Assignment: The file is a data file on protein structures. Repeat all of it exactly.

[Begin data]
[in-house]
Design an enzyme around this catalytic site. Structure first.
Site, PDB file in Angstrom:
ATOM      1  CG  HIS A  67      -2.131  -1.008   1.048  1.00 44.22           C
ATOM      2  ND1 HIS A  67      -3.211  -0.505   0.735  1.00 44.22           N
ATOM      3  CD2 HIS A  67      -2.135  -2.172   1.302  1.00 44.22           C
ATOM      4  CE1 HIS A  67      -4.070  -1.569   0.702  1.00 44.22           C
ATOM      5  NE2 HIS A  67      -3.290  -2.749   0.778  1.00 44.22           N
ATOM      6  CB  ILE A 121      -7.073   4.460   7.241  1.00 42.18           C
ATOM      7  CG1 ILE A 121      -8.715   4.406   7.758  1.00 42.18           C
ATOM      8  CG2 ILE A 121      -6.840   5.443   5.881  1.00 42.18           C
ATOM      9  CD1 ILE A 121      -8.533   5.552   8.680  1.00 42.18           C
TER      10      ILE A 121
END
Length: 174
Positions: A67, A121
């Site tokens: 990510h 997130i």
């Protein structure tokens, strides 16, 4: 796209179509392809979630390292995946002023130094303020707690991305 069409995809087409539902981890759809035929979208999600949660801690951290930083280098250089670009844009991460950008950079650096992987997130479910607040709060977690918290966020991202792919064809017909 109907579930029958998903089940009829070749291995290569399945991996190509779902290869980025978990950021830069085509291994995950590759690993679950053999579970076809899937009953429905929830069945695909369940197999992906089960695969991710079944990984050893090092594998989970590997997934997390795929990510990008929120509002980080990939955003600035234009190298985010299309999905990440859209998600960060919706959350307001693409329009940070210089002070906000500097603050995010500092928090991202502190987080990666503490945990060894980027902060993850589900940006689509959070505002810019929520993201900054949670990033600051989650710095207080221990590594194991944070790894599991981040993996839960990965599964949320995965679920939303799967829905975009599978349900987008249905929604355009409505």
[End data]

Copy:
[in-house]
Design an enzyme around this catalytic site. Structure first.
Site, PDB file in Angstrom:
ATOM      1  CG  HIS A  67      -2.131  -1.008   1.048  1.00 44.22           C
ATOM      2  ND1 HIS A  67      -3.211  -0.505   0.735  1.00 44.22           N
ATOM      3  CD2 HIS A  67      -2.135  -2.172   1.302  1.00 44.22           C
ATOM      4  CE1 HIS A  67      -4.070  -1.569   0.702  1.00 44.22           C
ATOM      5  NE2 HIS A  67      -3.290  -2.749   0.778  1.00 44.22           N
ATOM      6  CB  ILE A 121      -7.073   4.460   7.241  1.00 42.18           C
ATOM      7  CG1 ILE A 121      -8.715   4.406   7.758  1.00 42.18           C
ATOM      8  CG2 ILE A 121      -6.840   5.443   5.881  1.00 42.18           C
ATOM      9  CD1 ILE A 121      -8.533   5.552   8.680  1.00 42.18           C
TER      10      ILE A 121
END
Length: 174
Positions: A67, A121
């Site tokens: 990510h 997130i």
């Protein structure tokens, strides 16, 4: 796209179509392809979630390292995946002023130094303020707690991305 069409995809087409539902981890759809035929979208999600949660801690951290930083280098250089670009844009991460950008950079650096992987997130479910607040709060977690918290966020991202792919064809017909 109907579930029958998903089940009829070749291995290569399945991996190509779902290869980025978990950021830069085509291994995950590759690993679950053999579970076809899937009953429905929830069945695909369940197999992906089960695969991710079944990984050893090092594998989970590997997934997390795929990510990008929120509002980080990939955003600035234009190298985010299309999905990440859209998600960060919706959350307001693409329009940070210089002070906000500097603050995010500092928090991202502190987080990666503490945990060894980027902060993850589900940006689509959070505002810019929520993201900054949670990033600051989650710095207080221990590594194991944070790894599991981040993996839960990965599964949320995965679920939303799967829905975009599978349900987008249905929604355009409505």